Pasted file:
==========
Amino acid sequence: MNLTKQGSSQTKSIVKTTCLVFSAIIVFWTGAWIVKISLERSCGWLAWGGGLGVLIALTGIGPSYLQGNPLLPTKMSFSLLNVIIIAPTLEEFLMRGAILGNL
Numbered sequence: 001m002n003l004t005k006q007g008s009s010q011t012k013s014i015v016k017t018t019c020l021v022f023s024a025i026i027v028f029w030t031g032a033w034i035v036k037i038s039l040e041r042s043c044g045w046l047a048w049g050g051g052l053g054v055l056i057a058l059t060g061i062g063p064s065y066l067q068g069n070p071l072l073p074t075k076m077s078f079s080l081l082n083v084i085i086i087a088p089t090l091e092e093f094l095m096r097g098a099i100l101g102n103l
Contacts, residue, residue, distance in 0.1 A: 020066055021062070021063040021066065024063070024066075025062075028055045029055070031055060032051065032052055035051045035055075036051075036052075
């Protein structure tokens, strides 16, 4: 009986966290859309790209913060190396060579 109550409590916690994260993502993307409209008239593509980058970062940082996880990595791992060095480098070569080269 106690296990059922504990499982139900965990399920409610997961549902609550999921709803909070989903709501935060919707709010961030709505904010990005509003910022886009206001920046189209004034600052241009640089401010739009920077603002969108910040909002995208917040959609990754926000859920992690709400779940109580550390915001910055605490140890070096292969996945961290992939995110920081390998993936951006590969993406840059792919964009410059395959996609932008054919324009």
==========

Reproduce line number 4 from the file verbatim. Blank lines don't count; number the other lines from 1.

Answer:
């Protein structure tokens, strides 16, 4: 009986966290859309790209913060190396060579 109550409590916690994260993502993307409209008239593509980058970062940082996880990595791992060095480098070569080269 106690296990059922504990499982139900965990399920409610997961549902609550999921709803909070989903709501935060919707709010961030709505904010990005509003910022886009206001920046189209004034600052241009640089401010739009920077603002969108910040909002995208917040959609990754926000859920992690709400779940109580550390915001910055605490140890070096292969996945961290992939995110920081390998993936951006590969993406840059792919964009410059395959996609932008054919324009």